When the game was getting started, it seemed like things were lining up for Drew Pomeranz, who really needed a strong start just in terms of public perception. Rain had been coming down in Boston for most of the day, but the team announced that Thursday’s game would start on time. That appeared to be the case right up until it was just about time for first pitch. After Pomeranz had already thrown his warmup pitches, everyone conferred and decided to delay the game shortly to let the current wave of rain pass.
The game would get started about a half-hour late and Pomeranz had to warm up twice. That didn’t have any sort of effect on the lefty, though, as he put together his best outing of the year. The two biggest criticisms of him have been the fact that he only throws two pitches and his inefficiency. To be clear, these were totally fair criticisms, but he addressed them in a big way in this start.
For one thing, he had all three pitches working. Pomeranz was commanding his fastball as well as he did all night long, setting up hitters for the offspeed stuff later in counts and even getting it up and by some hitters to finish off strikeouts when need be. The velocity wasn’t anything spectacular, but the command made it work.
The curveball was the money pitch to start the night. The first four strikeouts Pomeranz recorded were on the breaking ball, and while those were the only strikeouts he’d record with the pitch on the night (by my unofficial count) it was effective all night long. The star of the show, however, was his cutter. It’s been lacking in his repertoire in 2017 after contributing to his breakout in 2016, but he brought it back in this one. He saved it for later in the game, but once it came out it was here to stay. Four of his final seven strikeouts came on the pitch, including a couple of perfect backdoor varieties that just caught the corner of the plate.
Pomeranz started to run into a little trouble later in the game, but was able to avoid complete disaster. In the fourth, he made a mistake with one of those cutters, leaving one up in the zone to Elvis Andrus. The Rangers shortstop hit it on a line just over the top of the Monster to give Texas their first run off the Red Sox starter. The other run came in Pomeranz’ sixth and final inning, when he started to look a little gassed. Things started with a walk — his first and only of the outing — and then Delino DeShields was able to get to second on a botched pickoff attempt. Pomeranz took too long to get the ball to first and DeShields took off for second and used his plus speed to beat the throw from Moreland. That baserunning would pay off when Nomar Mazara singles to knock in the run.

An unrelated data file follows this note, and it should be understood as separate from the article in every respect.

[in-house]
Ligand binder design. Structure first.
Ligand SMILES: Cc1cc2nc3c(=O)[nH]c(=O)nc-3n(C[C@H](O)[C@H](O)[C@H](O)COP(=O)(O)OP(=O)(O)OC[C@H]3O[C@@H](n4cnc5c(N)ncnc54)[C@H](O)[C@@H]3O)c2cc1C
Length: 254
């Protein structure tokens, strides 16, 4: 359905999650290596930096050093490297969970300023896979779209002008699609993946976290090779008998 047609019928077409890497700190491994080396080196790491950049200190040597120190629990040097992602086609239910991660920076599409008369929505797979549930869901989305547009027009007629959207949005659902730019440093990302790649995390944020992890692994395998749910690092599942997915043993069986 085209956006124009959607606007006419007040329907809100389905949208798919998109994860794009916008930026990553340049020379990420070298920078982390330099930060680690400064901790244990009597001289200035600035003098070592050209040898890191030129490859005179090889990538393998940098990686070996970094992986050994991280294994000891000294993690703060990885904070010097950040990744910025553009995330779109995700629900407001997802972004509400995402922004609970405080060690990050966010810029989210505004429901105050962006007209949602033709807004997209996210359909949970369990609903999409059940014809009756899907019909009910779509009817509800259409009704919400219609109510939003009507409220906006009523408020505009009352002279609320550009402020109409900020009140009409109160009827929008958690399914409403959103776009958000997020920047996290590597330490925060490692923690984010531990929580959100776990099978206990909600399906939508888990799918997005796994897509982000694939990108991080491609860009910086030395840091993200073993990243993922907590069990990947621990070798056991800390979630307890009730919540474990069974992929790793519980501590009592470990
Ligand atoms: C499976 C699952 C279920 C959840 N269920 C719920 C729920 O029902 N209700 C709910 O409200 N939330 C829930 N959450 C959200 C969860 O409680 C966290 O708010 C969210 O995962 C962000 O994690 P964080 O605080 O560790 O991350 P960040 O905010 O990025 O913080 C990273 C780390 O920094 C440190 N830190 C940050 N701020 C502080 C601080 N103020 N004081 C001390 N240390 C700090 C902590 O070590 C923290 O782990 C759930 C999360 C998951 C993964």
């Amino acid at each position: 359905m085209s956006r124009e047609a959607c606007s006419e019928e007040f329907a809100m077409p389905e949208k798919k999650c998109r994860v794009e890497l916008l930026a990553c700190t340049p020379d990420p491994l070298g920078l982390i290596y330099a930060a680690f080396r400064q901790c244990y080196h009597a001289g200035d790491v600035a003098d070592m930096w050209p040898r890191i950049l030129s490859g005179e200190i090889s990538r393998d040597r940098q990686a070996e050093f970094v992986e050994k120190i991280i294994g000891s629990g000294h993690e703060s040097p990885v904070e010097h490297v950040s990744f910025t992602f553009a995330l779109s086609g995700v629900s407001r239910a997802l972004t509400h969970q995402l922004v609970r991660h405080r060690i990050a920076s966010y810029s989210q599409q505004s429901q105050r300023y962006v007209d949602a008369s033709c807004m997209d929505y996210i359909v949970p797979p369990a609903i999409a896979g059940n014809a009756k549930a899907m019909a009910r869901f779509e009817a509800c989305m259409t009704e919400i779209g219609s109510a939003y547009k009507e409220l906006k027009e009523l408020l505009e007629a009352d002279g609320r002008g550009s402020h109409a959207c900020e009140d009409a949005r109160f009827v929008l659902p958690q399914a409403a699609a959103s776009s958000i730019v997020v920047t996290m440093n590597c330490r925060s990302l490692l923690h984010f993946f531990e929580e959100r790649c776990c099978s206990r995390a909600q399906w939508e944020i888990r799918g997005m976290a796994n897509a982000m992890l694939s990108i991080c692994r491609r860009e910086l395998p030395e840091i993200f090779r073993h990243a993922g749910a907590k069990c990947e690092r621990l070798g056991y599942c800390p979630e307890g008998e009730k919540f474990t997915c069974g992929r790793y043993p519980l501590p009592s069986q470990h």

Despite those two marks, it was a dominant night for Pomeranz. One start will not completely shut out the critics, but it’s certainly impossible not to be encouraged by the outing. In all, he threw six innings with fewer than 100 pitches in the process. He also struck out eleven batters while walking just one. If he can give the Red Sox more of that, he’s more than simply a fifth starter.
The offense, meanwhile, looked like it was going to explode early in the game. It was clear from the start that Rangers starter Nick Martinez had nothing early, and the Red Sox took advantage to an extent. They’d lead off the scoring in the first with a two-out rally that included two runs, three singles, a walk and two stolen bases. They could have scored more, but a 2-0 lead after one was good enough.
After only three came to the plate in the second inning, the Red Sox got back to it in the third. After Dustin Pedroia led things off with a walk, Xander Bogaerts finally got off the schnide. He took an inside fastball and hit it on a line into the Monster Seats for his first home run of the year. His teammates celebrated by giving him the silent treatment in the dugout.
After that, the bats started to go cold out of nowhere. They went down 1-2-3 in both the fourth and the fifth. In the sixth, with the Rangers bullpen now handling duties on the mound, Boston got their first two runners on before a double play and a strikeout killed a potential rally. They finally got going again when Deven Marrero — yes, Deven Marrero — hit a two-run home run in the eighth.
It was okay, though. Just like the offense had picked up the pitching in the first couple games of this series, the bullpen was here to take over for Pomeranz on Thursday. The seventh started with Heath Hembree, who got two strikeouts to start the frame before handing it off the Robby Scott, who finished it off with another strikeout. Matt Barnes handled a laborious 1-2-3 eighth before Craig Kimbrel came in to shut things down once again in the ninth with a four-strikeout inning.*
*I think it was a four strikeout inning. The first strikeout might be ruled a hit by pitch even though Nomar Mazara clearly swung and missed? I don’t know. You had to be there. Assuming they call it a strikeout, it was also the 20th strikeout for Red Sox pitchers on the night.
Unfortunately, there was a piece of bad news in this game as well. Before the sixth inning got underway, Pedroia was pulled and Josh Rutledge entered in his place. The team would later announce that Farrell pulled the second baseman for precautionary reasons after he felt soreness in his knee. As of this writing, that’s all we know.
As long as Pedroia isn’t seriously injured, this was an all-around positive night for the Red Sox. Pomeranz was lights out, the bullpen didn’t blink and even on a quiet night the offense did enough. That Bogaerts’ first home run came on Thursday also helped. Boston got a much-needed sweep and will look to carry the momentum into the weekend series against Seattle.